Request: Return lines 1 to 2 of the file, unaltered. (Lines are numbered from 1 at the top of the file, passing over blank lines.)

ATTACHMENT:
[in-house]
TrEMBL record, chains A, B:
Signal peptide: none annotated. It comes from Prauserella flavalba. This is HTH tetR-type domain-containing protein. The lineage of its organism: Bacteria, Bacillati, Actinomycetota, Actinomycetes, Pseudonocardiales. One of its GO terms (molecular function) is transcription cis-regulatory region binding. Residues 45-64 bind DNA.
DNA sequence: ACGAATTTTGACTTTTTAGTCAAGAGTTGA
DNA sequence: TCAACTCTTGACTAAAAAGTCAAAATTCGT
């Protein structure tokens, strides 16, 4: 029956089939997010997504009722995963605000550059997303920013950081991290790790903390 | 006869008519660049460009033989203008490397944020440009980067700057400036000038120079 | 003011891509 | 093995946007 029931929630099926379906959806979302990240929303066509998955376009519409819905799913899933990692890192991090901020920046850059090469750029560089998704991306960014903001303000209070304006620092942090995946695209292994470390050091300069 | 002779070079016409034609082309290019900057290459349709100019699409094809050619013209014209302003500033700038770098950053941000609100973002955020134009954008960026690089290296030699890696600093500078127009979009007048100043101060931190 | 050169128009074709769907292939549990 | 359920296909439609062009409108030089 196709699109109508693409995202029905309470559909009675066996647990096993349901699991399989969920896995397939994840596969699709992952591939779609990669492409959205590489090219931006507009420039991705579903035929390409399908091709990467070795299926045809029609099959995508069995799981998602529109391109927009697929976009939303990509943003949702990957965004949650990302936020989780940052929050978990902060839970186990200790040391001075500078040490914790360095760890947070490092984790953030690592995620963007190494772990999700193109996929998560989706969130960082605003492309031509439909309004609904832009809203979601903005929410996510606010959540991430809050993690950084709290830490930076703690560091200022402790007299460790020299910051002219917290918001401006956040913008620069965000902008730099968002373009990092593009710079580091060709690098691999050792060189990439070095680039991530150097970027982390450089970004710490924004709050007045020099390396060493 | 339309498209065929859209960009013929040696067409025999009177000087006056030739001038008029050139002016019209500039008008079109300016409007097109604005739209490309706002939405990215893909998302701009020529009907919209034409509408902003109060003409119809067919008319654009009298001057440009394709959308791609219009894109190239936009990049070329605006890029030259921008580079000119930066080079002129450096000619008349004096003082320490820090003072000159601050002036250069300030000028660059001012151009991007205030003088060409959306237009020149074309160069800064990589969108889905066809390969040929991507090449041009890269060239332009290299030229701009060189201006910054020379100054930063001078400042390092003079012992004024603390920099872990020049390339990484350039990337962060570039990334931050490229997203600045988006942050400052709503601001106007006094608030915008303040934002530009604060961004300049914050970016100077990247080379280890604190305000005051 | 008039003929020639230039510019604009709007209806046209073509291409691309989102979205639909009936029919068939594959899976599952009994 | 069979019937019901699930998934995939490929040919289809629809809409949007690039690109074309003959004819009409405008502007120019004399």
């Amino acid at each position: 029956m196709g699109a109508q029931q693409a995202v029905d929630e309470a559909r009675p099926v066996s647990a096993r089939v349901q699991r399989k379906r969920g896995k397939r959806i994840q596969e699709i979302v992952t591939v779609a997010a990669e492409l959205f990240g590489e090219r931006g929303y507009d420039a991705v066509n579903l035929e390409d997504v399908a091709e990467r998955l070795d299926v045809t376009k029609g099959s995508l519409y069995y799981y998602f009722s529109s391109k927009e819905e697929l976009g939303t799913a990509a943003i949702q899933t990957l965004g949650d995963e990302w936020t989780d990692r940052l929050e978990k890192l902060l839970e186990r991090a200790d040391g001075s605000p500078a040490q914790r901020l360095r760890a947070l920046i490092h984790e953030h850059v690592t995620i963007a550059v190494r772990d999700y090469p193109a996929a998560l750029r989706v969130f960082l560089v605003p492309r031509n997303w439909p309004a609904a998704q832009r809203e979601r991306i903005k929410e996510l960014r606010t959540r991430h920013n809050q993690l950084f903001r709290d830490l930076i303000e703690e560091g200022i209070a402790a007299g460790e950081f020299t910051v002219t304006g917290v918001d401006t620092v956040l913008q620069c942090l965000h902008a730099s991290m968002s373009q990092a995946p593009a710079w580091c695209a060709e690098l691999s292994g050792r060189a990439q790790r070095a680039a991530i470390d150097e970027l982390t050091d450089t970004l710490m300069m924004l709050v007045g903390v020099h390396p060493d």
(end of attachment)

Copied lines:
[in-house]
TrEMBL record, chains A, B: